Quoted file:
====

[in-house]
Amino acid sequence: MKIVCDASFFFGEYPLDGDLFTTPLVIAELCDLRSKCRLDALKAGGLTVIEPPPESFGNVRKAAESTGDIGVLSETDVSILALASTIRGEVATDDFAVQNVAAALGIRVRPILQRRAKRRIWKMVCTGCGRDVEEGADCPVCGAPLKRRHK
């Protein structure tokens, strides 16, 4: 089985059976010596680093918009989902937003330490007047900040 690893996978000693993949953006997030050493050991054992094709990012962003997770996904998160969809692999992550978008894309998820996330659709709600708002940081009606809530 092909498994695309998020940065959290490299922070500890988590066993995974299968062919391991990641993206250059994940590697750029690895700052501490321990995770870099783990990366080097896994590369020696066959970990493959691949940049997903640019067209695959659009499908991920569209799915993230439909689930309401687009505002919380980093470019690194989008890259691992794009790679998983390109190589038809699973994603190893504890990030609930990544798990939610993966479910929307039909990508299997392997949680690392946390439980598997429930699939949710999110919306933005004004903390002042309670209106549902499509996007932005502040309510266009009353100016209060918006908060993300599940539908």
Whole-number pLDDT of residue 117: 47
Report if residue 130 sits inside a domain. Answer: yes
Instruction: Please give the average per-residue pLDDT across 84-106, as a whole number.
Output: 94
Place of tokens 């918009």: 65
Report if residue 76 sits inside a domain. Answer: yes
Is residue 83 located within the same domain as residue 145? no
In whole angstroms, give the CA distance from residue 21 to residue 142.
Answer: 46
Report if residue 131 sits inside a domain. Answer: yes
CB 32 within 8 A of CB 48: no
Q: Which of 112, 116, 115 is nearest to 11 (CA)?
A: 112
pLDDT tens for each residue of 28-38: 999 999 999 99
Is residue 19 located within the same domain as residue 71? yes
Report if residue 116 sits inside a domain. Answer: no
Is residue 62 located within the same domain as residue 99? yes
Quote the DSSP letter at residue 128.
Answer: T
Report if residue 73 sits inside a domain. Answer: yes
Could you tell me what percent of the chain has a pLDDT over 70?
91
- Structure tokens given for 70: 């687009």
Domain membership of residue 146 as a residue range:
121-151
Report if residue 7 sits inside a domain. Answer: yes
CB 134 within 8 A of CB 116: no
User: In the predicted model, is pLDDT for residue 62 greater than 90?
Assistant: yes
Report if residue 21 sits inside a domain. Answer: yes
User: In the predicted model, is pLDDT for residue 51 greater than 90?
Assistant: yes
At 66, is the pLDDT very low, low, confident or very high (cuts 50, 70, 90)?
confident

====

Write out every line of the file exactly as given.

[in-house]
Amino acid sequence: MKIVCDASFFFGEYPLDGDLFTTPLVIAELCDLRSKCRLDALKAGGLTVIEPPPESFGNVRKAAESTGDIGVLSETDVSILALASTIRGEVATDDFAVQNVAAALGIRVRPILQRRAKRRIWKMVCTGCGRDVEEGADCPVCGAPLKRRHK
């Protein structure tokens, strides 16, 4: 089985059976010596680093918009989902937003330490007047900040 690893996978000693993949953006997030050493050991054992094709990012962003997770996904998160969809692999992550978008894309998820996330659709709600708002940081009606809530 092909498994695309998020940065959290490299922070500890988590066993995974299968062919391991990641993206250059994940590697750029690895700052501490321990995770870099783990990366080097896994590369020696066959970990493959691949940049997903640019067209695959659009499908991920569209799915993230439909689930309401687009505002919380980093470019690194989008890259691992794009790679998983390109190589038809699973994603190893504890990030609930990544798990939610993966479910929307039909990508299997392997949680690392946390439980598997429930699939949710999110919306933005004004903390002042309670209106549902499509996007932005502040309510266009009353100016209060918006908060993300599940539908």
Whole-number pLDDT of residue 117: 47
Report if residue 130 sits inside a domain. Answer: yes
Instruction: Please give the average per-residue pLDDT across 84-106, as a whole number.
Output: 94
Place of tokens 């918009």: 65
Report if residue 76 sits inside a domain. Answer: yes
Is residue 83 located within the same domain as residue 145? no
In whole angstroms, give the CA distance from residue 21 to residue 142.
Answer: 46
Report if residue 131 sits inside a domain. Answer: yes
CB 32 within 8 A of CB 48: no
Q: Which of 112, 116, 115 is nearest to 11 (CA)?
A: 112
pLDDT tens for each residue of 28-38: 999 999 999 99
Is residue 19 located within the same domain as residue 71? yes
Report if residue 116 sits inside a domain. Answer: no
Is residue 62 located within the same domain as residue 99? yes
Quote the DSSP letter at residue 128.
Answer: T
Report if residue 73 sits inside a domain. Answer: yes
Could you tell me what percent of the chain has a pLDDT over 70?
91
- Structure tokens given for 70: 């687009």
Domain membership of residue 146 as a residue range:
121-151
Report if residue 7 sits inside a domain. Answer: yes
CB 134 within 8 A of CB 116: no
User: In the predicted model, is pLDDT for residue 62 greater than 90?
Assistant: yes
Report if residue 21 sits inside a domain. Answer: yes
User: In the predicted model, is pLDDT for residue 51 greater than 90?
Assistant: yes
At 66, is the pLDDT very low, low, confident or very high (cuts 50, 70, 90)?
confident